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Scouting Combine Research Series: Safeties (Part 3)

Who scored the game-winning goal in a World Cup qualifier? Which towering prospect is from London? Who was the nation's top ballhawk? Those answers and more as we get to know the top safety prospects.

Here are the 26 safeties who have been invited to the Scouting Combine. Players are listed in alphabetical order. Heights and weights come from CBSSports.com/NFLDraftScout.com. All players are seniors unless noted. For Part 1, CLICK HERE. For Part 2, CLICK HERE.

Shalom Luani, Washington State (6-0, 198): The junior-college transfer posted a pair of all-Pac-12 seasons. As a junior, he was an honorable mention with 90 tackles, four interceptions, six more passes broken up and two forced fumbles. It was more of the same as a senior, when he was a first-teamer with 68 tackles, 8.5 tackles for losses, four interceptions, six pass breakups and once forced fumble.

Luani was born in Pago Pago, American Samoa, and is one of five children. Before there was football, he was a standout in soccer. He scored during American Samoa’s first FIFA-sanctioned win — the game-winner in a World Cup qualifier against Tonga in November 2011. He was 17. He scored again in another victory, an incredible feat considering the country had a 30-match losing streak.

He learned to play football at Faga’itua High School in Masausi, American Samoa, and ultimately chose football over soccer. “It was a big decision for me and I love it. … I really like being physical and making contact.”

Luani gambled on himself. He came to the U.S. to play in the 2012 International Federation of American Football World U-19 Championship in Austin, Texas. Rather than go home with the team, he stayed in the United States in hopes of finding someplace to play collegiately. One bad choice, however, almost ruined his dream.

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Marcus Maye, Florida (5-11, 216): Coming off first-team All-America honors as a junior, huge things were expected out of Maye in 2016. However, he sustained a broken arm in a November game against South Carolina. In nine games, he had 50 tackles, one interception and six breakups. Those numbers pale to his junior-year production of 82 tackles, two interceptions, five forced fumbles and six breakups, when he impressed the coaches by playing safety and linebacker. He considered entering the NFL at that point but came back for “one more go round.”

Maye had one interception, two forced fumbles and five breakups while starting most of his sophomore year. As a freshman, he was benched — making his solid play the rest of his career even more noteworthy.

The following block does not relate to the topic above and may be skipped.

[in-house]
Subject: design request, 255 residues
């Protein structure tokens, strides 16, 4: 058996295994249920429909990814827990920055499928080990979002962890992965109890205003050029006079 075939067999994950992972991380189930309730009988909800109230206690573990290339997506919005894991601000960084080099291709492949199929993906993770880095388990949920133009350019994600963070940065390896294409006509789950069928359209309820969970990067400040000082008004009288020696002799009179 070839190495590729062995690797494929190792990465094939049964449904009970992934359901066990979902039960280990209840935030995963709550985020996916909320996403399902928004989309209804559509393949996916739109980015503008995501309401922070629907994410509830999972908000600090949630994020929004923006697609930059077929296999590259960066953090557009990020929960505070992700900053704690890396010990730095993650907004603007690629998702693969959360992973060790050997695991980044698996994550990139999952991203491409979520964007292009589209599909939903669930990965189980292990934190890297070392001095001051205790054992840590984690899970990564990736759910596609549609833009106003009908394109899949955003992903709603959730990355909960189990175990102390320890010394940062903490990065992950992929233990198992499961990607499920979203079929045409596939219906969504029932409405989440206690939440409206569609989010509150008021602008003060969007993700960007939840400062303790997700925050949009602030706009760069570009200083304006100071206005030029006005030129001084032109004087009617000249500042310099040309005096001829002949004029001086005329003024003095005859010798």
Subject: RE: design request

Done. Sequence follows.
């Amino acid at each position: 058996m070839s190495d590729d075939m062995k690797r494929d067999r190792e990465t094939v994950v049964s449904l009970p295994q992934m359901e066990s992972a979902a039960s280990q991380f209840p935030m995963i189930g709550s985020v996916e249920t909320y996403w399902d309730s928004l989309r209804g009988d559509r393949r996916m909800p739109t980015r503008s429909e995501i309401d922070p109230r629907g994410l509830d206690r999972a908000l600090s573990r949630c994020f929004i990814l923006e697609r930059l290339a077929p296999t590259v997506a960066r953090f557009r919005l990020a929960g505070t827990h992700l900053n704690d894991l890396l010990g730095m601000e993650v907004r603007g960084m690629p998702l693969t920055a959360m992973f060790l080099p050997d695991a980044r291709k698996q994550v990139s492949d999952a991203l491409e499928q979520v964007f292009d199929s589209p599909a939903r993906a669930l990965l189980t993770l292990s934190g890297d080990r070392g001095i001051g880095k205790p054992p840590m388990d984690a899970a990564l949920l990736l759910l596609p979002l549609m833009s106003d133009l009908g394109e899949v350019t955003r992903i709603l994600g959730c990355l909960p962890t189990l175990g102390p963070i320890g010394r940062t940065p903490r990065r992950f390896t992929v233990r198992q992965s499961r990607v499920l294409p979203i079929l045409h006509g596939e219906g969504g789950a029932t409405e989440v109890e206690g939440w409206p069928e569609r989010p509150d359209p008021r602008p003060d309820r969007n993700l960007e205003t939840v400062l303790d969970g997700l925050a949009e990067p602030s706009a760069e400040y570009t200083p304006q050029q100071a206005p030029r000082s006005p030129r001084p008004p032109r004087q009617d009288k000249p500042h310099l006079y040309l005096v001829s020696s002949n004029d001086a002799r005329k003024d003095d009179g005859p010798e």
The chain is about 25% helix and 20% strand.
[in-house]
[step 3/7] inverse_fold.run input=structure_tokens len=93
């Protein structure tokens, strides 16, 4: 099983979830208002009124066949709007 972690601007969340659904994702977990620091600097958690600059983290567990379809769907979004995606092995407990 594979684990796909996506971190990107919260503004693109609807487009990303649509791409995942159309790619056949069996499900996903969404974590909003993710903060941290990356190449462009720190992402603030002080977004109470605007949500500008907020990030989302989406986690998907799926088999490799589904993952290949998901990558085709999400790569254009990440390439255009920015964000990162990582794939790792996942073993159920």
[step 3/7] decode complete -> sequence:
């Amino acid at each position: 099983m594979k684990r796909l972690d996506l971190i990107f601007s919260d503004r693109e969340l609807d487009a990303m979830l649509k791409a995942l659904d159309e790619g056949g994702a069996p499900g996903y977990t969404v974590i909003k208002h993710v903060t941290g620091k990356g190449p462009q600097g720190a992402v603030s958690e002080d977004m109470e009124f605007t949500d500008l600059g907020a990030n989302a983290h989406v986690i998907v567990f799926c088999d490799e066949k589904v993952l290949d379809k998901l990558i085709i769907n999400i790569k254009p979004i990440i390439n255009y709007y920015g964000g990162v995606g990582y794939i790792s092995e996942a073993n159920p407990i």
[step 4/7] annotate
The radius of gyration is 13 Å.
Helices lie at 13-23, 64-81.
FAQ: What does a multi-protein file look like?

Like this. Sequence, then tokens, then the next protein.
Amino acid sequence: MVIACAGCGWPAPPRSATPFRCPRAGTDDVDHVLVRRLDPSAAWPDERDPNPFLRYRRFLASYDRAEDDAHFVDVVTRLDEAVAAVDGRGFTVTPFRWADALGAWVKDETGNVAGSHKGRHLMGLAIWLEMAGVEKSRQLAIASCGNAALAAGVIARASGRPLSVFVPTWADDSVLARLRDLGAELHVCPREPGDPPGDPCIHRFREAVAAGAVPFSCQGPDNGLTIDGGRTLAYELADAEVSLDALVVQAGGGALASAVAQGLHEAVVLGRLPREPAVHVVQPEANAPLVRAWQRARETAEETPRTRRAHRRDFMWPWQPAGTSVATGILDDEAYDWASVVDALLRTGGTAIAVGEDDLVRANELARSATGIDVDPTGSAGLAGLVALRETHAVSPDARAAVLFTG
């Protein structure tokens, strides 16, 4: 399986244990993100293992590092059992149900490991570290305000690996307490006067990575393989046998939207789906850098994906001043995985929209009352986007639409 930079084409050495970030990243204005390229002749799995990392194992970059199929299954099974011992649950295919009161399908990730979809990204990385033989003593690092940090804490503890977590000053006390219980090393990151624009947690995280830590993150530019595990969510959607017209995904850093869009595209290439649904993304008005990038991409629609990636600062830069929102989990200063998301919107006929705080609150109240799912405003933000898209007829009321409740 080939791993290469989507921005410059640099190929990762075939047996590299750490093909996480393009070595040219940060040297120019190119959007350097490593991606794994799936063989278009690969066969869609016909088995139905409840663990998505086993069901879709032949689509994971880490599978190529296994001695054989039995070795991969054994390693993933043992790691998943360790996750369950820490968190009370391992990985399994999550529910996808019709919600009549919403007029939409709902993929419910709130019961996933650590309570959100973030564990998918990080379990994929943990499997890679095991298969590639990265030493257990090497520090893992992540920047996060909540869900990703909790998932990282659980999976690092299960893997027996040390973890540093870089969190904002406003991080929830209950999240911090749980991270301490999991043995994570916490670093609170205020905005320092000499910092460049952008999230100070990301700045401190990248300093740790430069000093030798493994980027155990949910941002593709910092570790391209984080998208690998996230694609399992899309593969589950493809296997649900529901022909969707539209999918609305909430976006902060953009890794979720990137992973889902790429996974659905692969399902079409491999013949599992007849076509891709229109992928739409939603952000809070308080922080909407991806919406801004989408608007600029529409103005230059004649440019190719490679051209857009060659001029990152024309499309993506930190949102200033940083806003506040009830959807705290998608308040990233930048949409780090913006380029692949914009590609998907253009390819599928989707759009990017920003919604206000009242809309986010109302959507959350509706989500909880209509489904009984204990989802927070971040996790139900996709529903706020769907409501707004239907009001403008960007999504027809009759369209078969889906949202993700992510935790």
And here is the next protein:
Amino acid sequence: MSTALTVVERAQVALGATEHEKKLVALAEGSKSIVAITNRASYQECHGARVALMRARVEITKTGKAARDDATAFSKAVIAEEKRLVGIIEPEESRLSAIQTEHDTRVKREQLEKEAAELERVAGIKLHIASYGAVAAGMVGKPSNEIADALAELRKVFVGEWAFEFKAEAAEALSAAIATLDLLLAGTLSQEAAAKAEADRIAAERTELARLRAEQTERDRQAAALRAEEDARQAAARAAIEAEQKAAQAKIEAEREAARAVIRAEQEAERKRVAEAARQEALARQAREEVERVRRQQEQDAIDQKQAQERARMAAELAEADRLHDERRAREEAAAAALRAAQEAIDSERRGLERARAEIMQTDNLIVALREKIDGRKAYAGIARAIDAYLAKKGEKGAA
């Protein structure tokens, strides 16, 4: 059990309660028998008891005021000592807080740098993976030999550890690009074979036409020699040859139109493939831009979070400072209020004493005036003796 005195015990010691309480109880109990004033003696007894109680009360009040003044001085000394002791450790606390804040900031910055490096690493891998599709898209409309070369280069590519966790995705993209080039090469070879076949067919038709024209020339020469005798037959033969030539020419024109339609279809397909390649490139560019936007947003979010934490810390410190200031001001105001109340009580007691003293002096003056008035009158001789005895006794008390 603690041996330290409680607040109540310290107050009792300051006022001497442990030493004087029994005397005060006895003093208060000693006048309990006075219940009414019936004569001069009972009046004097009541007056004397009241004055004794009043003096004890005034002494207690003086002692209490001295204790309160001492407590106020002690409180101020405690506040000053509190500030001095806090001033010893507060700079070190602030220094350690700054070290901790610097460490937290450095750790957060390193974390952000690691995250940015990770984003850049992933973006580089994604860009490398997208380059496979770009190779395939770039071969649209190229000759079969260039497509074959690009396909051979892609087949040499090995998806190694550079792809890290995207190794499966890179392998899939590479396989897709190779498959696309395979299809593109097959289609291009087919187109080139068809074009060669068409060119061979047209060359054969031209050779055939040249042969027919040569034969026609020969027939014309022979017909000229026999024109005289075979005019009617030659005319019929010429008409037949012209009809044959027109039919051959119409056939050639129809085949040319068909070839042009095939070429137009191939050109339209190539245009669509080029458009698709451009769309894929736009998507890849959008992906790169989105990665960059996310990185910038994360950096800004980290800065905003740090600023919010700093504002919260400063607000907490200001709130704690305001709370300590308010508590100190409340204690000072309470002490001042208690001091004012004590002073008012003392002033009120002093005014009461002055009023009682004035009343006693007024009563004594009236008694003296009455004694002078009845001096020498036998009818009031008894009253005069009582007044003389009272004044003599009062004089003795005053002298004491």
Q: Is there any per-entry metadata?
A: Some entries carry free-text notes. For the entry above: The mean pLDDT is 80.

Obi Melifonwu, Connecticut (6-4, 219): Melifonwu was a four-year starter who finished his career with a bang by posting 128 tackles and four interceptions. That includes a 24-tackle game against Tulane. For a 48-game career, Melifonwu piled up 351 tackles, 11 tackles for losses, two forced fumbles and eight interceptions.

Melifonwu’s parents are from Nigeria and Henry William Obiajulu Melifonwu was born in London. When he was 3, the family moved to the United States. “I wanted to play at the age of 8. My mom thought the game was too dangerous. The next year, I brought her two sheets of signup paper. She ended up throwing away the first one and I pulled out the second one and she couldn't help but sign it. They've enjoyed the game of football ever since I was 9 years old. Being from overseas, they didn't really understand the game, but watching the game, especially my mom, she's come to love the game and she's learning the terminology. It's fun to see.”

Before the season, his head coach asserted that Melifonwu was the best safety in college football. “When I first came in here, I really had no football knowledge, just a little bit," said Melifonwu, a 1,400-yard rusher as a high school senior in Massachusetts. “Through the years you gain football IQ from the coaches, the players, studying film. My football IQ continues to grow with a great head coach.”

Montae Nicholson, Michigan State (6-1, 219): Junior. Nicholson started as a sophomore and junior with similar production in both seasons — 83 tackles, 2.5 tackles for losses, one forced fumble, three interceptions and two pass breakups in 2015; 86 tackles, two tackles for losses, one interception and two pass breakups in 2016. He was an honorable mention on the all-Big Ten team as a junior, and finished his career with 200 tackles and four interceptions.

With size and athleticism — he placed sixth in the long jump at the Big Ten indoor meet in 2015 — he was deemed a future All-American.

The hurdling prowess comes from his mom, a member of the Robert Morris Athletics Hall of Fame. She served as his coach.

Tedric Thompson, Colorado (6-0, 211): Thompson tied for third in the nation with seven interceptions and tied for first with 23 passes defensed. He added 63 tackles, including three for losses. All that got him was second-team all-Pac-12. Thompson picked off three passes as both a sophomore and junior. For his career, he had 13 picks and 246 tackles.